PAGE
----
[Note] The above posts are intentionally not updated. That might sound strange but both our team and the client’s marketing team have labeled these pieces of content as irrelevant and not valuable.
We’ll be sunseting these pages via de-indexing and 301 redirects — I wanted to call this out because SEO is about generating real $$$ for companies, not vanity traffic. Remember to have the tough conversations when deciding which pieces to target for an update.
Your spreadsheet will likely look like this:
From here I like to insert a column to the right of the clicks columns and to the right of the impressions columns that calculate and display the difference between the 6m over 6m.
Subscribe and don’t miss Part 2 — How to Update a Piece of Content for Best SEO Results
4) Select “quick win” opportunities with biggest click losses to start
We can use our spreadsheet to help us identify and prioritize decayed traffic content. I typically have two initial criteria for prioritization:
Select my top 20 - 50 posts with the largest drops in clicks
Which of these 20 - 50 posts has historically resulted in $$$ or assisted conversions
To find your top posts simply organize your click data. For the biggest impacts, I’ll often do a simple sort within the spreadsheet largest to smallest difference (pictured below).
And it should now look like so:
Now you and your client should do a bit of manual context work. Start by selecting only the URLs that:
Are relevant to your most important products and services
Are most in line with business goals for upcoming quarters
Are lowest in the marketing funnel (aka can directly link via CTAs to your product or service pages)
Finished with that? Good.
5) Layer in conversion data with Google Analytics for added context and greater impact
Now add one more layer of prioritization by utilizing any tools or data that you have which tell you about the historical performance of these URLs.
For most of us working with software and eCommerce startups, this could be as simple as looking at “Assisted Conversions” in Google Analytics (See below).
Once in the correct property, you can simply go down to Conversions. From conversions go to Multi-Channel Funnels and select Assisted Conversions.
There are multiple ways to look at the data depending on how a company interprets success. I might use “all channels” rather than just “organic search” for example if I know that a company generates most of its sales/leads via email and I want to see which content pieces have historically performed best via email.
But if your client doesn’t play team ball (or you haven’t had time to coach them to be a team player, yet), you can start by choosing the content that converts best via organic traffic to start.
Side Note + Pro Tip:
Update all last year’s content that was optimized for the exact year. To find this content, do a simple site command as is illustrated below:
I highly advocate for teams to do this for the months of November and December instead of producing new content.
6) Next look at the largest drops in impressions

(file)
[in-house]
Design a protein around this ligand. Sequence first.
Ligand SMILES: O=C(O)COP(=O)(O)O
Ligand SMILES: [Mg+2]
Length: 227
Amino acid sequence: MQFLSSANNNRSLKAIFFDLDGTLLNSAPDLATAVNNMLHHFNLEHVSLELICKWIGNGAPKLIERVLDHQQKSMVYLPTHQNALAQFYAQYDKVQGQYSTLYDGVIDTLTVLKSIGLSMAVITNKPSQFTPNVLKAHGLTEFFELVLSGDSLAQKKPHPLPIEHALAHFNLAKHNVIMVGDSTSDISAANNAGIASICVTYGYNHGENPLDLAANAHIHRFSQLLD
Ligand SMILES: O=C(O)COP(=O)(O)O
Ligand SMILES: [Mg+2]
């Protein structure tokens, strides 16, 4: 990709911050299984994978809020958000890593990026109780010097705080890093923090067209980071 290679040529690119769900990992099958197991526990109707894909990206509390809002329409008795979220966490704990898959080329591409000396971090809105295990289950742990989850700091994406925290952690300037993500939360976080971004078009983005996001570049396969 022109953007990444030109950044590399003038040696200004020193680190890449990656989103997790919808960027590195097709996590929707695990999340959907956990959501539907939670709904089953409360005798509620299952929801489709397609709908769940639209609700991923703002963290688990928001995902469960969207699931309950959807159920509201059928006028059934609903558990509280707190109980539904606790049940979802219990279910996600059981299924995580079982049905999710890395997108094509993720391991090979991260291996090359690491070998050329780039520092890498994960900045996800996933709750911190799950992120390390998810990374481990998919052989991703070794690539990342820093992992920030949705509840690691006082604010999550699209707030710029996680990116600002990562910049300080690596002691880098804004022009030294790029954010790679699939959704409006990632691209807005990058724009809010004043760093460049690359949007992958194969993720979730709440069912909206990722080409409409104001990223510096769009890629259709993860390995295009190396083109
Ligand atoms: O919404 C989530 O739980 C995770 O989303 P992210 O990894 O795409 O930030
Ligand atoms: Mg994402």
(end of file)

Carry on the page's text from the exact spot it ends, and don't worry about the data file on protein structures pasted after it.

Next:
Impressions aren’t as straightforward as clicks, but finding and evaluating content with the most significant impression drops can at least clue you into a deeper dive related to the causes.
You can start by simply repeating the sorting filter you did for clicks earlier, only this time for the impression difference column.
It should now look like this.
For impression drops, you’ll need to do a deeper dive to understand if the impression drop was warranted/healthy as a result of natural shifts or interpretations being made by Google algorithms.
Things to watch for:
Your clicks went up significantly while impressions dropped significantly - this can simply mean that Google better understands this piece of content and an update might be inappropriate.
Your images on that page used to rank or an image carrousel used to exist on page 1 for one of your keywords on that page and simply doesn’t anymore.
This is for clicks and impressions - if clicks or impressions were strong and then suddenly drop to 0, check to make sure this wasn’t a previously redirected or de-indexed page. These will either be big opportunities or not an opportunity at all.
7) Identify stagnant pages that have the opportunity to grow
A lot of people talk about content decay and drops in traffic or impressions. In my experience, however, there is sometimes significant opportunity in content that has flat traffic.
One of the easiest ways to identify some stagnant opportunities within your spreadsheet is to look at URLs with avg. to below avg. clicks but relatively high impressions.
For the spreadsheet I’ve been using in this post I’ll look at content that has 0-150 clicks in the last 6 months.
Then sort by clicks — high to low again.
What you’re looking for are pages with low clicks and high impressions. Just look at this example that’s pictured below:
Behind that post is likely either a story of opportunity or some possible cannibalization. Either way — some quick updating maneuvers can boost this post or another’s overall performance relatively quickly.
Assemble a List of URLs and Begin the Actual Updates [Coming in Part 2]
You should have a decent number of URL opportunities that you can select to update at this point. And with that, we can get started on how you update an individual piece of content.
But I’m going to save that “how-to” explanation for the next issue of this newsletter. So be sure to subscribe and share so you don’t miss that piece.
And be sure to share with anyone else you know who is still learning SEO or simply wants a step-by-step guide to performing some of the most profitable SEO tasks.
Inspiration for this post: